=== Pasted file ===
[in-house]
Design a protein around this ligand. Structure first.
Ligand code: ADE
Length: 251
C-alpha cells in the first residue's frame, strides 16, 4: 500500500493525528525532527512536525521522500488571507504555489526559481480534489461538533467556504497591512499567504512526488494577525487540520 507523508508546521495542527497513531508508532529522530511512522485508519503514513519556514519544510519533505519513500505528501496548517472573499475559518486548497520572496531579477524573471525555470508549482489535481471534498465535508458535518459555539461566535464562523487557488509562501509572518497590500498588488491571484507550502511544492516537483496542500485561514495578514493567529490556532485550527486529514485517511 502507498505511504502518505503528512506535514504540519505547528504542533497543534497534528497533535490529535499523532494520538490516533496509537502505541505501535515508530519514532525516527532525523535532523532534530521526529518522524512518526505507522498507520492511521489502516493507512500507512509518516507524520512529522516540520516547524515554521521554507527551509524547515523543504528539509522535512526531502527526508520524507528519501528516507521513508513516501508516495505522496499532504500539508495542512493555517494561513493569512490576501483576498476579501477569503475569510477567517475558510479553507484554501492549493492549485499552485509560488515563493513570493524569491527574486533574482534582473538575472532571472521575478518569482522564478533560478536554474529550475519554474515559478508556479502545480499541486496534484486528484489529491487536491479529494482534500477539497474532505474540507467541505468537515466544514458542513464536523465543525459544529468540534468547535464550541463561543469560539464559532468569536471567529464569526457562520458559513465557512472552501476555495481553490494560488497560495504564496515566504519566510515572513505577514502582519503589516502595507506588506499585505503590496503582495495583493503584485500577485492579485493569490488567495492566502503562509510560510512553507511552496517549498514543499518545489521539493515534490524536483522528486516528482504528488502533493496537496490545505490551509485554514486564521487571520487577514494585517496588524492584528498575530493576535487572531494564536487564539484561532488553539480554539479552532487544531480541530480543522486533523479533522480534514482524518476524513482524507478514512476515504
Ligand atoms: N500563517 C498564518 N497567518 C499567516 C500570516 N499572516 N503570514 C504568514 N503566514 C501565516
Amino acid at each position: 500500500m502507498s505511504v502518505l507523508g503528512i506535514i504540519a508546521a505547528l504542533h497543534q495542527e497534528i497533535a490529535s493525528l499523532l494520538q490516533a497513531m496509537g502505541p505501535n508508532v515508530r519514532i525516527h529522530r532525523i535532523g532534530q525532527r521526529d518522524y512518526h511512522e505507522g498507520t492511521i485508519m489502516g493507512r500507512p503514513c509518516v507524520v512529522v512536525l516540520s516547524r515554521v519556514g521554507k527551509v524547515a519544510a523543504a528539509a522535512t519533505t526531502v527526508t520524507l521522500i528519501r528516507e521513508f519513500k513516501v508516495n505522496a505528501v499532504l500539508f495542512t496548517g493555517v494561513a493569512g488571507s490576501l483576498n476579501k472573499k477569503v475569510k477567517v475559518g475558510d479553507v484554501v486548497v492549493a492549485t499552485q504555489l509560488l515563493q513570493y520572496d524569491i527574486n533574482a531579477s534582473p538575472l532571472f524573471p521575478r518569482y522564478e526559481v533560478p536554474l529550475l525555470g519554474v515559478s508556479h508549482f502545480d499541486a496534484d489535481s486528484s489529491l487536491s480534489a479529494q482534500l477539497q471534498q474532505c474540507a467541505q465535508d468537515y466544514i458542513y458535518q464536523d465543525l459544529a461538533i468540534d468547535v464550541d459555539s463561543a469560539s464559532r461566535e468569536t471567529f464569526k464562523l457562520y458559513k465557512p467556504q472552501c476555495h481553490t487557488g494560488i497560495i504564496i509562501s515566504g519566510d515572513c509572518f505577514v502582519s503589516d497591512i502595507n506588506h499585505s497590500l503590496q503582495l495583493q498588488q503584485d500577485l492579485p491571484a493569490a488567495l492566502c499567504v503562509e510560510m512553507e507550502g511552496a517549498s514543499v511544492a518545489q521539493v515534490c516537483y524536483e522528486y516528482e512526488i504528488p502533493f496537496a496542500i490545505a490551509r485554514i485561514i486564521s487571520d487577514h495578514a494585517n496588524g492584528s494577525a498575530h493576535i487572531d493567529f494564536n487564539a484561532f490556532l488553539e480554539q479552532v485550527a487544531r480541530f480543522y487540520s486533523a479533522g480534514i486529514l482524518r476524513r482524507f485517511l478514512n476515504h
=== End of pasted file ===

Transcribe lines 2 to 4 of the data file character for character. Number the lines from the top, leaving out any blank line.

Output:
Design a protein around this ligand. Structure first.
Ligand code: ADE
Length: 251